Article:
roe and Avenue 51, Indio. For information, go to or call (760)347-0676. La Quinta Art Festival March 11-14, 2010 Produced by the La Quinta Arts Foundation, in partnership with its premier sponsor the City of La Quinta, La Quinta Arts Festival is the primary fund-raiser for the La Quinta Arts Foundation. This award-winning event attracts art patrons and tourists from across the nation as one of the Coachella Valley’s premier attractions. The 28th annual La Quinta Arts Festival returns to the visually stunning setting of La Quinta’s Civic Center Campus. La Quinta Arts Festival is nationally recognized by artists and art patrons alike as one of the most renowned art festivals in the nation and has earned numerous accolades. The 10-acre La Quinta Civic Center campus, surrounded by the rugged Santa Rosa Mountains, is located adjacent to the west side of City Hall at the corner of Washington Street and Calle Tampico. For more information go to Indian Wells Art Festival April 2, 3, 4, 2010 The 8th annual Indian Wells Arts Festival, a premier fine arts festival attracting thousands annually, is scheduled for April 2, 3, and 4, at the Indian Wells Tennis Garden. The Indian Wells Arts Festival brings a splash of color to the beautiful grass concourse of the Indian Wells Tennis Garden. This spectacular venue transforms into an artisan village featuring 200 judged and juried artists and hundreds of pieces of one-of-a-kind artwork available for sale. Watch glass blowing, monumental rock sculpting, wood carving, pot throwing, weaving, and mural painting. There will be glass blowing, bead making, and canvas stretching demonstrations all day. Entertainment and refreshments, wine tasting, a gourmet market, and children’s activities add to the festival atmosphere. For more information, go to or call (760)346-0042 38 The Sun Runner – October/November 2009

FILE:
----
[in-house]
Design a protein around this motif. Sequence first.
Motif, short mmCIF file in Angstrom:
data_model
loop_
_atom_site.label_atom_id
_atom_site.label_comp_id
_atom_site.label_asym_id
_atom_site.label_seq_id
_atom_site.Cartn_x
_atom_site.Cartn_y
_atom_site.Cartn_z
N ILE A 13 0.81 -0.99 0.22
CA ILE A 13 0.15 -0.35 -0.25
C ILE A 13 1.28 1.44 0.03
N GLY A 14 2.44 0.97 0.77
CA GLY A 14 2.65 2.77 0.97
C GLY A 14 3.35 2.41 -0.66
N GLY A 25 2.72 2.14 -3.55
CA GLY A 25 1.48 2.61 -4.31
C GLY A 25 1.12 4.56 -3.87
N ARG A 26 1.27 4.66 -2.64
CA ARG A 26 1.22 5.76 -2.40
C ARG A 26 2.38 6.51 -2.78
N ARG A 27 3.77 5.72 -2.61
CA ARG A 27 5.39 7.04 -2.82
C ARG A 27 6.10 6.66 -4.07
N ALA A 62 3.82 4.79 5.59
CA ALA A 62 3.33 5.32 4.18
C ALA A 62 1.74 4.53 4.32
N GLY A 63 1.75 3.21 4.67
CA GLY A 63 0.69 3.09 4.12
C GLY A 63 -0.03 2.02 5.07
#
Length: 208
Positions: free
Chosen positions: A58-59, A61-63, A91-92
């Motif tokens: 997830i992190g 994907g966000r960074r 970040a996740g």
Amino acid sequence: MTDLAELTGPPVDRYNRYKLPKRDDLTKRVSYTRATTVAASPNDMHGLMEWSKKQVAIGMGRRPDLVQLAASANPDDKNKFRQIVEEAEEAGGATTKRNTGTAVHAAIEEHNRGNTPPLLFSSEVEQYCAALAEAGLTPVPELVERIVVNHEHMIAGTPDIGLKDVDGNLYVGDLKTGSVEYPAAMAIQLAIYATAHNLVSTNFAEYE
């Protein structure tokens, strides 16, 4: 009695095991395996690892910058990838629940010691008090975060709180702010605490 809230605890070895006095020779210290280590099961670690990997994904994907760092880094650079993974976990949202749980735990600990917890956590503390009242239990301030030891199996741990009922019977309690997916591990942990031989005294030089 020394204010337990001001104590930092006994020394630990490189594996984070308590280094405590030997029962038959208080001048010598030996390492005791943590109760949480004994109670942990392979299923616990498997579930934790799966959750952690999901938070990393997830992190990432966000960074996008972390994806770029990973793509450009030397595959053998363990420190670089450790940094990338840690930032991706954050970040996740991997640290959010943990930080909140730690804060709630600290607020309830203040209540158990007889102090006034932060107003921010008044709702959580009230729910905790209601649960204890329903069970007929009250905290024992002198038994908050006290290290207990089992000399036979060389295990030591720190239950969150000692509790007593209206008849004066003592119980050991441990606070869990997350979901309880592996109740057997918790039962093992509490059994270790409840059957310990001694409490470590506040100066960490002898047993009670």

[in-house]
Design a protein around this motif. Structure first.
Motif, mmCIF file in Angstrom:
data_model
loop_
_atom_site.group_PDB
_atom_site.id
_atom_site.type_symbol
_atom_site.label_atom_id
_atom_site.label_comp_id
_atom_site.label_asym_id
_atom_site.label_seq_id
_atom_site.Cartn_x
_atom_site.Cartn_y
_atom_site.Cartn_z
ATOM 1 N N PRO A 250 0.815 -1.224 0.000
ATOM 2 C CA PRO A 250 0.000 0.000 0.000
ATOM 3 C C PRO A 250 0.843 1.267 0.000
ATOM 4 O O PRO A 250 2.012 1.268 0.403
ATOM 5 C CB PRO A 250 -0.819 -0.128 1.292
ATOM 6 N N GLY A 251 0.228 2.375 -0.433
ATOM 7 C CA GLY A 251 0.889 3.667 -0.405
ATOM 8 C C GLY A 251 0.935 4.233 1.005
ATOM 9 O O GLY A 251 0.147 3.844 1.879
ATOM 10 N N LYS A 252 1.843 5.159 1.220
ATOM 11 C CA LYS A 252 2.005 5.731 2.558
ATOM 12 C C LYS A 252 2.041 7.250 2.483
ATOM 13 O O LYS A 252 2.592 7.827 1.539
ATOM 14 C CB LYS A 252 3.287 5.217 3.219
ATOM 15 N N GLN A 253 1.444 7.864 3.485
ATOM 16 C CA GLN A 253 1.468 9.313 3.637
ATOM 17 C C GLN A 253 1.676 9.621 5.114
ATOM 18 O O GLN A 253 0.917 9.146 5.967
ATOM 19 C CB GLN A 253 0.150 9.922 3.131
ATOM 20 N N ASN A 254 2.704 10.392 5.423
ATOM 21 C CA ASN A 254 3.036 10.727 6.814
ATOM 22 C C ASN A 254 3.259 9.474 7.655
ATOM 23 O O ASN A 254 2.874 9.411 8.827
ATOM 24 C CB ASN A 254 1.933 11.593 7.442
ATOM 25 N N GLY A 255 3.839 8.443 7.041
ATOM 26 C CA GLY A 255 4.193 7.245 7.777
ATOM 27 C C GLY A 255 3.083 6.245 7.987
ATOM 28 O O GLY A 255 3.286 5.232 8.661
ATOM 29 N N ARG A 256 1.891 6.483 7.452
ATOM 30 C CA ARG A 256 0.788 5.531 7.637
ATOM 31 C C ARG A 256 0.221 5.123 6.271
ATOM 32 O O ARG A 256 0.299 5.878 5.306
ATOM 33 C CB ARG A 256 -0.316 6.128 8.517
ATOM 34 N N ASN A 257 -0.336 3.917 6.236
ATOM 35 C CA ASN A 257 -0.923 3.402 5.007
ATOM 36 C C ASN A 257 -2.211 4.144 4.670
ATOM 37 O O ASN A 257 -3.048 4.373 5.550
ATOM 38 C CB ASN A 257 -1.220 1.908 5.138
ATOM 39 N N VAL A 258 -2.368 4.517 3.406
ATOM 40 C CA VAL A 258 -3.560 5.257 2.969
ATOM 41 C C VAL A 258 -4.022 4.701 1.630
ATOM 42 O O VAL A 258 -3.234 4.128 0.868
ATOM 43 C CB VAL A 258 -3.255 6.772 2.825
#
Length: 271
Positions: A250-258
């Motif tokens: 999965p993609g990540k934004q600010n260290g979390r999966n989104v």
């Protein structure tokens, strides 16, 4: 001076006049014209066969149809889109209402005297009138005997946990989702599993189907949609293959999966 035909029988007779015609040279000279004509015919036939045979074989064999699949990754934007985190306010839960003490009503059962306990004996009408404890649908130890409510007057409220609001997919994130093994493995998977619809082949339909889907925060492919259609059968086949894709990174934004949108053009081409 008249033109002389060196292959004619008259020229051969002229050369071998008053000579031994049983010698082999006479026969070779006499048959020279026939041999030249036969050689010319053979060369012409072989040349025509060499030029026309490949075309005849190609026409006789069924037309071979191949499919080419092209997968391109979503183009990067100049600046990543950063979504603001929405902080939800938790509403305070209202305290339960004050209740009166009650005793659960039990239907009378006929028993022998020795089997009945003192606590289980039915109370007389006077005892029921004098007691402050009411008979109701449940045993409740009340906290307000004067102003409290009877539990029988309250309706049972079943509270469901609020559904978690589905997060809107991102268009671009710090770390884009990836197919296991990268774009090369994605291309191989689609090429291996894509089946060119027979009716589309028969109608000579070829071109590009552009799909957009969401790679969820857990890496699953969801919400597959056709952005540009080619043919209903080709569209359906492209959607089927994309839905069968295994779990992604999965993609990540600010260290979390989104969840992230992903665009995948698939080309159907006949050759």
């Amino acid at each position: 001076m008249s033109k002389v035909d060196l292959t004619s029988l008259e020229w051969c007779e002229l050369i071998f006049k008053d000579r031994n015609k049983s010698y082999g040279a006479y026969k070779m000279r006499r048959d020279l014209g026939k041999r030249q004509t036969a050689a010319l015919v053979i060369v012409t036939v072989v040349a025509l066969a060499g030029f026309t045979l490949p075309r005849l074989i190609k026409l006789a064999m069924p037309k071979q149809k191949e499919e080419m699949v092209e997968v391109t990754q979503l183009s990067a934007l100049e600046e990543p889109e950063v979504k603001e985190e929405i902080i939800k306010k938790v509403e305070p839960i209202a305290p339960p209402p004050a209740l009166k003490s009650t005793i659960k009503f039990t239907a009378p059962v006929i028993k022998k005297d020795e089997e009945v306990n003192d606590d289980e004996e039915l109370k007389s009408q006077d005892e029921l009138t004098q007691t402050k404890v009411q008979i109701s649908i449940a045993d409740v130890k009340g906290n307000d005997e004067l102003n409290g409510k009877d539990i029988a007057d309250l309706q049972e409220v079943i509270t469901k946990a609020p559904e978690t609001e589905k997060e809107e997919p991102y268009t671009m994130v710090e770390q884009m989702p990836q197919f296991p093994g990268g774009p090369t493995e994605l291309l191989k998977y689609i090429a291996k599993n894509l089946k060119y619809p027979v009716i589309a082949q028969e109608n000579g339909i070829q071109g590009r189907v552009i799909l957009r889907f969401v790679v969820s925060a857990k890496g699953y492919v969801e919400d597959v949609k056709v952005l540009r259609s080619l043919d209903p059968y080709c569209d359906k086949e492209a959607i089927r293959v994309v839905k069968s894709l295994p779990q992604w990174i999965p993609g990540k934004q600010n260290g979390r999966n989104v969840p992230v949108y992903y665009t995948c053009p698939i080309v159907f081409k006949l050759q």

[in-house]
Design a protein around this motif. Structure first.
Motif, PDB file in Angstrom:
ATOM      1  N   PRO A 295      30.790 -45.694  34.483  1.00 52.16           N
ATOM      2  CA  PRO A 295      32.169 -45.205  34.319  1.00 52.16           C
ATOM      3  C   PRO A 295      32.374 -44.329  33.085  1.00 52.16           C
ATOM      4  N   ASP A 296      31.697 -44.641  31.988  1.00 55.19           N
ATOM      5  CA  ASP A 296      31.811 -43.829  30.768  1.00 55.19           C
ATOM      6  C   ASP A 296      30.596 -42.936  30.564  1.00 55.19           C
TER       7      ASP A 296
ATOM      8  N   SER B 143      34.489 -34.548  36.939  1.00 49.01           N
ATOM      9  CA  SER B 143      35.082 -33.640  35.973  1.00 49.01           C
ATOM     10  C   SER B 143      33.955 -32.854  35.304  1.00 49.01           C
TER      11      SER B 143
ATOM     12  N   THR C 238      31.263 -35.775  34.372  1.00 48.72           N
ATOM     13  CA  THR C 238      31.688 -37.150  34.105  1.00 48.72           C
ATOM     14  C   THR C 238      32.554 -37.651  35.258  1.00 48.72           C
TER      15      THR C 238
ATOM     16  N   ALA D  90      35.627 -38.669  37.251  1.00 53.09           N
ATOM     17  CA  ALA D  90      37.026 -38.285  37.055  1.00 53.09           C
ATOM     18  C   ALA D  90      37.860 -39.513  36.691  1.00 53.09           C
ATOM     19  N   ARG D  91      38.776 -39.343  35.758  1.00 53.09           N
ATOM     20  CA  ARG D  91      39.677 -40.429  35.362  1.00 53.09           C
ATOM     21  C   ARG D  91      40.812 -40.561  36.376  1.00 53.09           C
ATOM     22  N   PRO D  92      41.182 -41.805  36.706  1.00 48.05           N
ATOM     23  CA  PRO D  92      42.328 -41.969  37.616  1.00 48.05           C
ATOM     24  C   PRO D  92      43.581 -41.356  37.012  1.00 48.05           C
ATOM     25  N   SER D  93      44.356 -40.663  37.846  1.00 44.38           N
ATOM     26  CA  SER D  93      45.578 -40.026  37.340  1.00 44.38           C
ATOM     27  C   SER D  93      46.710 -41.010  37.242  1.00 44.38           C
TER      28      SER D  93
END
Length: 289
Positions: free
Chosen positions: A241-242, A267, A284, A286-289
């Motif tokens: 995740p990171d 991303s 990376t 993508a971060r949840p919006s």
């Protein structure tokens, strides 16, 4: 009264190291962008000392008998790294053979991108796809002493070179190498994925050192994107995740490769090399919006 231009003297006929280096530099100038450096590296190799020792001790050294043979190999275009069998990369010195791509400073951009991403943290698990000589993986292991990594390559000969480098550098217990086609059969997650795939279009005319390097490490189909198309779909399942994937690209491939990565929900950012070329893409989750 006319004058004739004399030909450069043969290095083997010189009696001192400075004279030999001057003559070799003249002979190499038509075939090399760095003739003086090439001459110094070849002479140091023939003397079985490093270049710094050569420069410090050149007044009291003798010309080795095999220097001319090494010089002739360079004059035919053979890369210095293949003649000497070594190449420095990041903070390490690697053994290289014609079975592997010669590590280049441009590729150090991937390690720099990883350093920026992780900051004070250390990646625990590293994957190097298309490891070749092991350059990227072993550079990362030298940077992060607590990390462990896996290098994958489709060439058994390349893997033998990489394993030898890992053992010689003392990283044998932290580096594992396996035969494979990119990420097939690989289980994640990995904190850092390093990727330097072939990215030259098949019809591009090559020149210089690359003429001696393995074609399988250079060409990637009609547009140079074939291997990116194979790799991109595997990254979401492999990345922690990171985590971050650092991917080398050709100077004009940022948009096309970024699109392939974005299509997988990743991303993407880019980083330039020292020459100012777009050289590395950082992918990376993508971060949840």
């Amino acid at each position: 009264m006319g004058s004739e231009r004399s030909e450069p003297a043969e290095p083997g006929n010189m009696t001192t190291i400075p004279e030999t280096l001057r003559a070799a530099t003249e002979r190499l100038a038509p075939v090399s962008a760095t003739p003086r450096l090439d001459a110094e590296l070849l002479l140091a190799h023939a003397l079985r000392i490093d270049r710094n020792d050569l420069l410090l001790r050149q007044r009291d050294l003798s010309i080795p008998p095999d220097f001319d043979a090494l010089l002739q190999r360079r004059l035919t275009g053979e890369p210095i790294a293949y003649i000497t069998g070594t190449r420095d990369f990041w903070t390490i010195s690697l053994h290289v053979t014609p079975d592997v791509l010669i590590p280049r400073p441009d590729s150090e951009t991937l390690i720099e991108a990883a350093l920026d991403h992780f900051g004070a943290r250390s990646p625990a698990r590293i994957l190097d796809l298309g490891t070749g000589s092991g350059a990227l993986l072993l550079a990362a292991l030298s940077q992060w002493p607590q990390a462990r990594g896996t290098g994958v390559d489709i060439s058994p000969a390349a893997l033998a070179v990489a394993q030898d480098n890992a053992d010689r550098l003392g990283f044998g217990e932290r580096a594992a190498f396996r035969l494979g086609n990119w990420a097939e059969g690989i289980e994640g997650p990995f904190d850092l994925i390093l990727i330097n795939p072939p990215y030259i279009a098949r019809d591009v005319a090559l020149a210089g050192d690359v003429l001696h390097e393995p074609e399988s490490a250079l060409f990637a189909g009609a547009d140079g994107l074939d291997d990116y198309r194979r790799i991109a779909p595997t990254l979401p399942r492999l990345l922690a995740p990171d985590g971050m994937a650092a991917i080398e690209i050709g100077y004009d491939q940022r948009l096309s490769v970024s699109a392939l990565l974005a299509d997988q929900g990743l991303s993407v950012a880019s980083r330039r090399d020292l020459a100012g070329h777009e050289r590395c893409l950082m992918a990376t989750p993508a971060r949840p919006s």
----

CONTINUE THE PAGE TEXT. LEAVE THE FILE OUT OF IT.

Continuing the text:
Art Under the Umbrellas offers relaxed browsing among more than 60 artists along Main Street in Old Town La Quinta, left. The College of the Desert Street Fair hosts a variety of artists every weekend, below.